People linked to parish churches are being urged not to fall for tricksters who are posing as members of the clergy in order to try and extract money.

On at least two separate occasions, people whose names and email addresses appear on parish websites have received fake emails – purporting to be from the parish priest.

‘Birthday present’

In one case the con-artist pretended to be the priest, said they were busy, and asked a Reader to do them a favour and buy Amazon gift cards worth £200 for their niece’s birthday, and to have the vouchers sent to a third email address.

In the other case, various people whose contact details appeared on a different parish’s website received an email that appeared to come from their priest asking them to click a link and to send £30 to the priest’s niece, this time because she was ‘in trouble’.

In one case, the would-be thief had set up an email address that looked on the face of it as though it had come from the priest in that parish. However, if the recipient clicked on and looked at the email address itself, it was not from their priest at all.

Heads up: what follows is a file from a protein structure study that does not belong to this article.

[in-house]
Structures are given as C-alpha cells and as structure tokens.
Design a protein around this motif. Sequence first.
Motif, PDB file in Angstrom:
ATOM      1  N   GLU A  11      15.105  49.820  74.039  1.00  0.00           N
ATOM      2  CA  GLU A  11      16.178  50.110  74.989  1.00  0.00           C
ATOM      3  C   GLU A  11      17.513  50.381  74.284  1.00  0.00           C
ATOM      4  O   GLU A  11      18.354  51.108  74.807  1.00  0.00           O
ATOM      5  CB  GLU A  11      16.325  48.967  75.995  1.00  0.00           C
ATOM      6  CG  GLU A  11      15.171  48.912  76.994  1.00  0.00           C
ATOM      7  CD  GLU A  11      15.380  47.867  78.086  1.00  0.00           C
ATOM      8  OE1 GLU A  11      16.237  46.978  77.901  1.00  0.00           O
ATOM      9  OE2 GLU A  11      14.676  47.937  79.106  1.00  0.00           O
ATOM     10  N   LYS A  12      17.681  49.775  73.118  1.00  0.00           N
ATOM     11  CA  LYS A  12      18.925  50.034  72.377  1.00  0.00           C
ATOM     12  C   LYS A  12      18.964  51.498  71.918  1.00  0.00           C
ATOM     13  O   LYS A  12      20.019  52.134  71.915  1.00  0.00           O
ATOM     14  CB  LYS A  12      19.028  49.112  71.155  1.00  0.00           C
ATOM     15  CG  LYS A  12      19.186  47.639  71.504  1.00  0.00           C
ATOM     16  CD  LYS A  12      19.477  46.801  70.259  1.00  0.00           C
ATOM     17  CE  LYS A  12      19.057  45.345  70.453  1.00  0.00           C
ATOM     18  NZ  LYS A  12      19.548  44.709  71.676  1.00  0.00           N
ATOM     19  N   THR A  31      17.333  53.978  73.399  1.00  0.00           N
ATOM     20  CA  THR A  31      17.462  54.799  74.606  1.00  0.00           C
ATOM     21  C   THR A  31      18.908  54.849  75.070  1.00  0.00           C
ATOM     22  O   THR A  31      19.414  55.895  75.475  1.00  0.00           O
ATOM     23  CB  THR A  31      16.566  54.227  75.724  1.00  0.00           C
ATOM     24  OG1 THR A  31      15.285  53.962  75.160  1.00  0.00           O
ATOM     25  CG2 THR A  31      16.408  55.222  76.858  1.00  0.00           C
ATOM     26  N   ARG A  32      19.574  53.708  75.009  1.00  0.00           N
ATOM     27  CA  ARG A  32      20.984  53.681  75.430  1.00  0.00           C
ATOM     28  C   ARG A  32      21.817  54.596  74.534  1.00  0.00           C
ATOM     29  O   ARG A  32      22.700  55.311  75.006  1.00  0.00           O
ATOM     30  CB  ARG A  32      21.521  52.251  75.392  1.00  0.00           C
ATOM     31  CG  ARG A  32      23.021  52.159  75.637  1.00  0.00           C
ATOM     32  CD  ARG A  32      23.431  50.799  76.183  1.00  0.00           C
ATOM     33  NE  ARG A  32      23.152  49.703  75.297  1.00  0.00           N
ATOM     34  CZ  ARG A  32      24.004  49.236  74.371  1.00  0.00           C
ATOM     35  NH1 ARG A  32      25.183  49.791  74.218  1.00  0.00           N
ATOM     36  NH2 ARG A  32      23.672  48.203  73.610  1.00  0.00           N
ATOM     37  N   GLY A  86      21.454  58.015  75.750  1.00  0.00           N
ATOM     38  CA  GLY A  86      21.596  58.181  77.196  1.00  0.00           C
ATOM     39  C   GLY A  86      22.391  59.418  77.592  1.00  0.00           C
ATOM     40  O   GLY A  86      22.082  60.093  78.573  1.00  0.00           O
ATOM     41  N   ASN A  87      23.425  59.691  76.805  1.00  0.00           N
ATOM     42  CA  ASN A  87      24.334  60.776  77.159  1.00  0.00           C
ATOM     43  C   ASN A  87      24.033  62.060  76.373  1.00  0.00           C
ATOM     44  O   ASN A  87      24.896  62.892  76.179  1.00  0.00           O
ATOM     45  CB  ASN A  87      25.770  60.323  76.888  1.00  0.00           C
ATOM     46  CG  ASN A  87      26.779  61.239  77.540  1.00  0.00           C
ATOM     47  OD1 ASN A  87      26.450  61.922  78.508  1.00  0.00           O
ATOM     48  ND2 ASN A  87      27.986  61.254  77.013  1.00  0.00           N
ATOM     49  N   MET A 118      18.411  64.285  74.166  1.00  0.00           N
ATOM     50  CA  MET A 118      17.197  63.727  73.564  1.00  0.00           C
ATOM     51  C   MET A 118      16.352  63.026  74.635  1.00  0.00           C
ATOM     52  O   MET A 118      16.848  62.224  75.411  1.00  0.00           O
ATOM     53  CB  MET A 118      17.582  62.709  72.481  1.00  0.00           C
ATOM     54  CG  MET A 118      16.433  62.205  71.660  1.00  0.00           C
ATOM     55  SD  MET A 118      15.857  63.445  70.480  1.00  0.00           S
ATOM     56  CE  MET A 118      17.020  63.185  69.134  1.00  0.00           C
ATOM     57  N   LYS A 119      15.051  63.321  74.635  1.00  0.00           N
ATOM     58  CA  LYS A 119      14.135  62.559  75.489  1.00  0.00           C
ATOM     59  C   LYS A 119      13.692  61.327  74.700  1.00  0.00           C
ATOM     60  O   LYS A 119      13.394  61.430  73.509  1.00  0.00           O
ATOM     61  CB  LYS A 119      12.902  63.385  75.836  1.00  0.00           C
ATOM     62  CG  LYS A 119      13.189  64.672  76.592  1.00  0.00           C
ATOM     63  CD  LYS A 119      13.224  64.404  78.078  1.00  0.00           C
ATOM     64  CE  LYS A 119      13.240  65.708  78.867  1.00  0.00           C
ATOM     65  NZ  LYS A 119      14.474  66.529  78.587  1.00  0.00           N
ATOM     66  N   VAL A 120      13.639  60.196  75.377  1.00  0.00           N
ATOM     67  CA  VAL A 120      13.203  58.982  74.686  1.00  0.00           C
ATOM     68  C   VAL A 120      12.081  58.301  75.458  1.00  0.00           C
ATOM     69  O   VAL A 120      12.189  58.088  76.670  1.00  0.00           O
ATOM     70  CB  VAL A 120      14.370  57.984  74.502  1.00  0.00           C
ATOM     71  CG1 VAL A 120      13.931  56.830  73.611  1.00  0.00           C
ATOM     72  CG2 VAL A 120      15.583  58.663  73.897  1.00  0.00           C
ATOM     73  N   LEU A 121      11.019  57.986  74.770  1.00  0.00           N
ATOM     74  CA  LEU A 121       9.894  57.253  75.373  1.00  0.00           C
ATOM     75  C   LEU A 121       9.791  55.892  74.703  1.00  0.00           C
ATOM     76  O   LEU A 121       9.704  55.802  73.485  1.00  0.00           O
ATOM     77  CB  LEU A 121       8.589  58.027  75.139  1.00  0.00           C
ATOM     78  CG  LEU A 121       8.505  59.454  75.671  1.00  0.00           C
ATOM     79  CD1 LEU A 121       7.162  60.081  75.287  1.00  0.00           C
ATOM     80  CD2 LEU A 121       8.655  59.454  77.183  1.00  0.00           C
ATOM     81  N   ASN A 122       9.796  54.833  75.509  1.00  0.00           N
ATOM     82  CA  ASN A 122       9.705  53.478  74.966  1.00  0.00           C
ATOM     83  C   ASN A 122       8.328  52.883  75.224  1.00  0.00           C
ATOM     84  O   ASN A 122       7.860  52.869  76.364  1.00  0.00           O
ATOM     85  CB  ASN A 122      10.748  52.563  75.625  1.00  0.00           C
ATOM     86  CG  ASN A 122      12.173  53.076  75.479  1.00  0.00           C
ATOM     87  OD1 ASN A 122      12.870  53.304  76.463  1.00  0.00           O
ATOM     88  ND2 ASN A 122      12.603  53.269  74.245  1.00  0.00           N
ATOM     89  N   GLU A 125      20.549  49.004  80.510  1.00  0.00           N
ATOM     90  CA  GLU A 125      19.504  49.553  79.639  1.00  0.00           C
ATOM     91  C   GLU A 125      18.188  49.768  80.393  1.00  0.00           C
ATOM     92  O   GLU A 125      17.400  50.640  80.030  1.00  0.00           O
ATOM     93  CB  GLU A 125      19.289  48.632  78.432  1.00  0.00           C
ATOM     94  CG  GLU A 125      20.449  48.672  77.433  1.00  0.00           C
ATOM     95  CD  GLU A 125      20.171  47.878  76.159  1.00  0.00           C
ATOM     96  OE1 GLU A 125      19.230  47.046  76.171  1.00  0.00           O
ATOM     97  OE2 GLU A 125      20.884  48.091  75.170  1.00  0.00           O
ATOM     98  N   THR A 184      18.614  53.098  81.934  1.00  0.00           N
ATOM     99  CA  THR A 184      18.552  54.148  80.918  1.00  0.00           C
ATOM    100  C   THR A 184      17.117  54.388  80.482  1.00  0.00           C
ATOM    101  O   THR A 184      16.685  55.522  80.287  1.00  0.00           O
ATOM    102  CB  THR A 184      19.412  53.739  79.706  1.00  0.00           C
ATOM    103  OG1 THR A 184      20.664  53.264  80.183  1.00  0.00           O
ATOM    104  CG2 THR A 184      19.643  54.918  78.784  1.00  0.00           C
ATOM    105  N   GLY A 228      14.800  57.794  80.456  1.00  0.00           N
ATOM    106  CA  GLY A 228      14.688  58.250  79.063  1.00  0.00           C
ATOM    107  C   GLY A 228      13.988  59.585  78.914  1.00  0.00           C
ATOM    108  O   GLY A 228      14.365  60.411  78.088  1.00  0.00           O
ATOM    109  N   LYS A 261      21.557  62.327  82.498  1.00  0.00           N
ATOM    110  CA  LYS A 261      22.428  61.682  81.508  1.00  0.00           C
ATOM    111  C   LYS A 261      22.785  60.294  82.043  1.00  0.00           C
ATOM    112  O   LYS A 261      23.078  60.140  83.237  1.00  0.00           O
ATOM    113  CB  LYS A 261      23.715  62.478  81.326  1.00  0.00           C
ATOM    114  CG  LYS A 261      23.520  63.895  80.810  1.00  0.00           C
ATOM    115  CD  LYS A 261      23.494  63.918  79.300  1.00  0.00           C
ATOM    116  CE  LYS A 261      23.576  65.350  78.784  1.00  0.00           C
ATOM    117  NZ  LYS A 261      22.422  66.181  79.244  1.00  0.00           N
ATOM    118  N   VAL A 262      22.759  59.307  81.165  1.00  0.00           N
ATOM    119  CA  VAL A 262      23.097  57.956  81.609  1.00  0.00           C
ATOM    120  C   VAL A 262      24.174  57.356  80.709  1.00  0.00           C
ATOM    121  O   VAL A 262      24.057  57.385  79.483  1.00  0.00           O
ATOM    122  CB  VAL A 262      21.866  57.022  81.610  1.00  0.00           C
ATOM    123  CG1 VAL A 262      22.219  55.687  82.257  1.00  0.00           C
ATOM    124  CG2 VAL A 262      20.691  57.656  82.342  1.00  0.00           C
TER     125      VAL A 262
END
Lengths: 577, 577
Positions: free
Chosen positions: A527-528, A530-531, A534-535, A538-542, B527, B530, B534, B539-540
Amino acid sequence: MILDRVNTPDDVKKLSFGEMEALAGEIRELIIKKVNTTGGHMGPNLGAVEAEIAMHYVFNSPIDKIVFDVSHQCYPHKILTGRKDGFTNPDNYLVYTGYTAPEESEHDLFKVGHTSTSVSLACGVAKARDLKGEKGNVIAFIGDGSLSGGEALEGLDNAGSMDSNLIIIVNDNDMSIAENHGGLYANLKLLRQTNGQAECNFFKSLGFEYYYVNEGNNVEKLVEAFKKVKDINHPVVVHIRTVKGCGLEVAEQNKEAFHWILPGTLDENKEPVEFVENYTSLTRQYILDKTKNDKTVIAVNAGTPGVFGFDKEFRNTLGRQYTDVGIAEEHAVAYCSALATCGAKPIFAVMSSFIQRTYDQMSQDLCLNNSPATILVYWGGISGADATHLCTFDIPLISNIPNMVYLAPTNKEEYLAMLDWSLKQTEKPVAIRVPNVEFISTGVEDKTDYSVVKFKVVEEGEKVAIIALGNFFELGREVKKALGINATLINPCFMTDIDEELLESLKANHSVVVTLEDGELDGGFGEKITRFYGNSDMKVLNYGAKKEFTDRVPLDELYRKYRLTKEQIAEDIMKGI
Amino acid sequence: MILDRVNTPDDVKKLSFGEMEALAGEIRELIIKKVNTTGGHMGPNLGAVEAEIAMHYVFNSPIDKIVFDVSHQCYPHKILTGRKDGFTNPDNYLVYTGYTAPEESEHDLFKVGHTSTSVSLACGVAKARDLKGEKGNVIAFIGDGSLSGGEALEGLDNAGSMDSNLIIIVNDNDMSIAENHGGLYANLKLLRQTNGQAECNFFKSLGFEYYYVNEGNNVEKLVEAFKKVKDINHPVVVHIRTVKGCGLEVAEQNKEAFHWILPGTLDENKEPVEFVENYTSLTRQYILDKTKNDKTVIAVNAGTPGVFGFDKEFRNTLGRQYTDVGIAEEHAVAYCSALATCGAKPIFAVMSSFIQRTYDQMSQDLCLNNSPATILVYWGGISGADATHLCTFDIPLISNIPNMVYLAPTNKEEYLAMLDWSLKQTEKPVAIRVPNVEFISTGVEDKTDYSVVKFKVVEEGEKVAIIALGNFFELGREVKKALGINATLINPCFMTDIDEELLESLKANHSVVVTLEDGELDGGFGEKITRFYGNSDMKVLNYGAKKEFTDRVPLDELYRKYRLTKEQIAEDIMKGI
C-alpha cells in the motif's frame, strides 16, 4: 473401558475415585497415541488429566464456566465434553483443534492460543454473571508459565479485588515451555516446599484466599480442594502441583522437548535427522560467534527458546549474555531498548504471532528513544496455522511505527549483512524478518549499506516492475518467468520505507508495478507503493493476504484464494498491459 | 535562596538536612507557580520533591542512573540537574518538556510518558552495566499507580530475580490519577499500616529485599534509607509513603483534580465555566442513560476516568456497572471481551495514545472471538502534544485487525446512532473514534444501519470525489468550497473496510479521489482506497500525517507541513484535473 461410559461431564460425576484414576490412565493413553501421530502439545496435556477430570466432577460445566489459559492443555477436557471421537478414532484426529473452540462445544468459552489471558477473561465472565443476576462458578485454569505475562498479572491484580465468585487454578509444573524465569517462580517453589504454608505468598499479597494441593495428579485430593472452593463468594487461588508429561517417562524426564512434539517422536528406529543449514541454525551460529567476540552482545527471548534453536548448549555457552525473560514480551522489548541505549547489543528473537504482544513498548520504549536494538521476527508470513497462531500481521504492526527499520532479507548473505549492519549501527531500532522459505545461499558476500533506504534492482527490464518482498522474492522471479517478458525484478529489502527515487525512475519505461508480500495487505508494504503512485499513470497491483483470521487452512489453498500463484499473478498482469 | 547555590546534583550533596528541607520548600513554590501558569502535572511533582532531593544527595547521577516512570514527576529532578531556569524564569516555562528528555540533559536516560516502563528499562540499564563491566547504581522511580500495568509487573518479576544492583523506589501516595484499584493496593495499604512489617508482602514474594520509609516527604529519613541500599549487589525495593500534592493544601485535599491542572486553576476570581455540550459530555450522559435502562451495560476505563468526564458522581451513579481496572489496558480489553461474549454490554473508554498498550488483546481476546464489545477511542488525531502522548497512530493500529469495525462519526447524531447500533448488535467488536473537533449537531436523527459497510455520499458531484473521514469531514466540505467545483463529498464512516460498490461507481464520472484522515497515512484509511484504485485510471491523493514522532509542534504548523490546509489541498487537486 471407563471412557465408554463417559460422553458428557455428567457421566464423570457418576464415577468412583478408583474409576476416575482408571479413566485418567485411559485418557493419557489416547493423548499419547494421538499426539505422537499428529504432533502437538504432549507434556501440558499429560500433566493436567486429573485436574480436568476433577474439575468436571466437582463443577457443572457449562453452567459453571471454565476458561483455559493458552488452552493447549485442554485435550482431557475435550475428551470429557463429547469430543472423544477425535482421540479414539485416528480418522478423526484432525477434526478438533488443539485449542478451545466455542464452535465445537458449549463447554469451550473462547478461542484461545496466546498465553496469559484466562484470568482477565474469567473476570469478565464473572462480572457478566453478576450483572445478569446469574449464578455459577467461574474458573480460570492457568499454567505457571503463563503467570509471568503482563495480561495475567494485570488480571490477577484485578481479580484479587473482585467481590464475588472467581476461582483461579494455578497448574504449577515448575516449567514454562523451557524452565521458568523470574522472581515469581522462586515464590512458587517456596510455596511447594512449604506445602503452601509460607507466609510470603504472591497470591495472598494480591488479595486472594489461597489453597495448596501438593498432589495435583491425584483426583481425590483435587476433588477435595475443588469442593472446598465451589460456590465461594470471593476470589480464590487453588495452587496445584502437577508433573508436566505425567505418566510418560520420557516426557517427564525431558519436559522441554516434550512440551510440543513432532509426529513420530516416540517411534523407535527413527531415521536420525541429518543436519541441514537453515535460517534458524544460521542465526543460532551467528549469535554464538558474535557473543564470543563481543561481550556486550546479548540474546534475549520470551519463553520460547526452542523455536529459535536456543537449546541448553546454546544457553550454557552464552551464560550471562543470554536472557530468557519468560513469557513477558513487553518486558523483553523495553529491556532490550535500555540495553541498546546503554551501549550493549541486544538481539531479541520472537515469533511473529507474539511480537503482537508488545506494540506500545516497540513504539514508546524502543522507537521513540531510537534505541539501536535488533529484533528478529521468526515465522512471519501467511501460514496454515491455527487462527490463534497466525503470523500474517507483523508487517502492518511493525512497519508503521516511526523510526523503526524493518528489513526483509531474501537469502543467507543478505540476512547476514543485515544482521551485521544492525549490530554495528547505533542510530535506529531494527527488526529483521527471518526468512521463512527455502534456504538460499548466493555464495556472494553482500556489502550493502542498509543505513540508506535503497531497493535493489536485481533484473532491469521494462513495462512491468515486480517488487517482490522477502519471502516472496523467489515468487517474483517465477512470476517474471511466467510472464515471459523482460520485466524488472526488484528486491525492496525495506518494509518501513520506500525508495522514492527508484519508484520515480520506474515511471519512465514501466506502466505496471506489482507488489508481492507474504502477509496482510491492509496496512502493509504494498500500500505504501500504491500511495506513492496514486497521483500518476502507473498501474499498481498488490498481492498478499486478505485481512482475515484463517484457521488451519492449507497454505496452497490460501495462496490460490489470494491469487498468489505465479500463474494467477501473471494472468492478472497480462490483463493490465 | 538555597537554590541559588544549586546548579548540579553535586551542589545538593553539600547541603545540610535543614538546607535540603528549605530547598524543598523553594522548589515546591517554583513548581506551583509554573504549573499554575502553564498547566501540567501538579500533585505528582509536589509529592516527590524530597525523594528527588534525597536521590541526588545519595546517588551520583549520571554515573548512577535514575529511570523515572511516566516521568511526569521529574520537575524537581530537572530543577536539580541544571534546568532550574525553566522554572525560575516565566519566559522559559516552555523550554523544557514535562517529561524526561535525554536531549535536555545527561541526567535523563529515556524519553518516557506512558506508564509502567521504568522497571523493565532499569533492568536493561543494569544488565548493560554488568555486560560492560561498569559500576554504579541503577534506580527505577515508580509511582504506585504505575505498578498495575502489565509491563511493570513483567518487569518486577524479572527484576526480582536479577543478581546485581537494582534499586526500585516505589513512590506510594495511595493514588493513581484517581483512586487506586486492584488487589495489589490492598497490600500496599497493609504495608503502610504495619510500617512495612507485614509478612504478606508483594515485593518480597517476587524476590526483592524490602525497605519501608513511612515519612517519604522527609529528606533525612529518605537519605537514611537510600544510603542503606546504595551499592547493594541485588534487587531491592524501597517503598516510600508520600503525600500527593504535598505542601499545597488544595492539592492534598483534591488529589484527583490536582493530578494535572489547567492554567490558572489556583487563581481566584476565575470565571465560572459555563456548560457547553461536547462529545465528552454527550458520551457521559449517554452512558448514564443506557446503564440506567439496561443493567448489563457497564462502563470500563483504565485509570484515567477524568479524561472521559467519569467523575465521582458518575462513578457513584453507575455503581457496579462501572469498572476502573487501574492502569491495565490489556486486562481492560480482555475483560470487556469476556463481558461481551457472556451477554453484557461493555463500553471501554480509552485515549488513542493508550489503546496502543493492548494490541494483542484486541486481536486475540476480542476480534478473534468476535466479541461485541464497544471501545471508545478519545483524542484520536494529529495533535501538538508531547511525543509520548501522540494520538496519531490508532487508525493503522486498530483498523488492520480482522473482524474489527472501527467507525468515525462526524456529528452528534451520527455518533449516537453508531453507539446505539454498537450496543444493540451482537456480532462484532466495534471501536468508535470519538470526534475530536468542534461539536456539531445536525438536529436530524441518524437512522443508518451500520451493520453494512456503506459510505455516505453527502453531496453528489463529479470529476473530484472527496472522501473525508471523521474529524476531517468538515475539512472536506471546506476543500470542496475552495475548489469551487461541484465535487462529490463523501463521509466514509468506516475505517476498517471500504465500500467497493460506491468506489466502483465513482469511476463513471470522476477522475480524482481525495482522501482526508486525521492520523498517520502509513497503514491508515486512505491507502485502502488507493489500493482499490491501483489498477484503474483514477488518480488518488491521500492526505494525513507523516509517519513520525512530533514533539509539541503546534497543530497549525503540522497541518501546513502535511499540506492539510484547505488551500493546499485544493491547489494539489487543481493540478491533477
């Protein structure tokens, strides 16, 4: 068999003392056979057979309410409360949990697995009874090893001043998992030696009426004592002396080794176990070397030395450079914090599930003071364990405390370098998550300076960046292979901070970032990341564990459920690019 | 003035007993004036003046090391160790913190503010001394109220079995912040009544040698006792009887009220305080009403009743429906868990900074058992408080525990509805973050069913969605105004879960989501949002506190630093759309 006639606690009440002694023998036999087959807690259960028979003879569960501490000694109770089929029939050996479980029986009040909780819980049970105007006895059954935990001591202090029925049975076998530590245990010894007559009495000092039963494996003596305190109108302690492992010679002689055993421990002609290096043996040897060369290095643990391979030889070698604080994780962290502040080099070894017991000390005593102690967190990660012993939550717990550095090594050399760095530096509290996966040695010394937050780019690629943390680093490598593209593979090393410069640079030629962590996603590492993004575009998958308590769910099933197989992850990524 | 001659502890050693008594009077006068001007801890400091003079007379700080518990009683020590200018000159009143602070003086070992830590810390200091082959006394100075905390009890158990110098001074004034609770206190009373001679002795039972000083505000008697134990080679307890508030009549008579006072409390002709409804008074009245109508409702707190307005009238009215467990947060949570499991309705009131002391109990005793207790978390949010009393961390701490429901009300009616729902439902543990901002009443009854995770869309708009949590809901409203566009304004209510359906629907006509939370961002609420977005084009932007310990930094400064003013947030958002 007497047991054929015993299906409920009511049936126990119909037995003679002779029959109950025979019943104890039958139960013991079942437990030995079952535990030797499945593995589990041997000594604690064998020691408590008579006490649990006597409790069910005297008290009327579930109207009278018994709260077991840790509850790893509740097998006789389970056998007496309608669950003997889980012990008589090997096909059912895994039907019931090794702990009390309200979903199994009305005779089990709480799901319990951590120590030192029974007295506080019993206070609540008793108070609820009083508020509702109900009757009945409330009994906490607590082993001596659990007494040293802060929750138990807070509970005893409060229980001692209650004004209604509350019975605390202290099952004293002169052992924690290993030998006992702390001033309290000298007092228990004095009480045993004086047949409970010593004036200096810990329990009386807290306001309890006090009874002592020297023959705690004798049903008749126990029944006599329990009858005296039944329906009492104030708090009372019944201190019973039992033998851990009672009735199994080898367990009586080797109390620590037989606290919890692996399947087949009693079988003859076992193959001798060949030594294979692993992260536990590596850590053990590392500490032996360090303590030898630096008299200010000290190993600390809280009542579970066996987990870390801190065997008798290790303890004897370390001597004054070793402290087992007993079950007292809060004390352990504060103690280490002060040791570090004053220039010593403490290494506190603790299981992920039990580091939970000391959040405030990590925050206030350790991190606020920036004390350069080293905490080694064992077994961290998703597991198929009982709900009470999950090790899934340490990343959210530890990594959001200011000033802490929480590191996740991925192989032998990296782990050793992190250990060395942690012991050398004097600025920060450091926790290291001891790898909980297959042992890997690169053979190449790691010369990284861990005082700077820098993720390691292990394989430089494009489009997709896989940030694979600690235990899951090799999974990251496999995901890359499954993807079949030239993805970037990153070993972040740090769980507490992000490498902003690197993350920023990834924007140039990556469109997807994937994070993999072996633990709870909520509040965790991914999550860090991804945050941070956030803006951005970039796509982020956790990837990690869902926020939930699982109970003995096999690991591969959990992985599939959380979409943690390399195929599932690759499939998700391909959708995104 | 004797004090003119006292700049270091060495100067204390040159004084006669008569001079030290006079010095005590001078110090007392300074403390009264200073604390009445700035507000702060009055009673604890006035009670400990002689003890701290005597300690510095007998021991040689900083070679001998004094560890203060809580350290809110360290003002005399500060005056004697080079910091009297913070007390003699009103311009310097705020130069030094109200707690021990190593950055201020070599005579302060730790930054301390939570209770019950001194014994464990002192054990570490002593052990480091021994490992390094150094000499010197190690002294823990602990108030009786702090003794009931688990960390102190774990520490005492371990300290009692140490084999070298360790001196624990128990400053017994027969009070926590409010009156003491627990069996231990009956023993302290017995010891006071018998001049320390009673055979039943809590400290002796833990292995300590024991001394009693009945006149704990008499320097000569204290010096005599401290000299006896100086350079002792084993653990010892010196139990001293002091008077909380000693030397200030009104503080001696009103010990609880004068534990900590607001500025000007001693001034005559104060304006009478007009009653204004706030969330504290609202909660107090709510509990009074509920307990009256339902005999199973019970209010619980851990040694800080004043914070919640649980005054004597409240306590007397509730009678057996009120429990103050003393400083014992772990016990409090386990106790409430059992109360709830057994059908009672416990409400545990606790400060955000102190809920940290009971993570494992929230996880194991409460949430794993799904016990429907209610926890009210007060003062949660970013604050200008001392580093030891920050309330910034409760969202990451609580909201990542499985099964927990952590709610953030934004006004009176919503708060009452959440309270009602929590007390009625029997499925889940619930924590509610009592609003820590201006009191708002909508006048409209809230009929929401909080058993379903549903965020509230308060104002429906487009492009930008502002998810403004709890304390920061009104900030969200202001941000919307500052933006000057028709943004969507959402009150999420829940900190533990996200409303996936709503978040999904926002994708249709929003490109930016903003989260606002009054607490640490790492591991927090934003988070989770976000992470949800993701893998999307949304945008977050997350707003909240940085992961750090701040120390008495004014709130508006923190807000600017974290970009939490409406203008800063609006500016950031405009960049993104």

‘Be vigilant’

The Archdeacon of Bodmin, the Ven Audrey Elkington, has warned people to be vigilant.

Audrey said: “Somebody is using the fact that people are connected by their common membership of a church to try and extract money by false pretences.

“By targeting members of the same church, they know the individuals are likely to know and to want to help one another.

‘Phone to check’

“I would urge people be be extremely cautious when they are asked for money, or favours involving money, by email. Better to make a phone call to the individual just to check that a request is indeed genuine. And make use of your gut feeling – if something seems odd or unusual, then it is quite possible that something fishy is going on.

“Parishes also might like to consider using contact forms on their websites instead of displaying individuals’ email addresses.”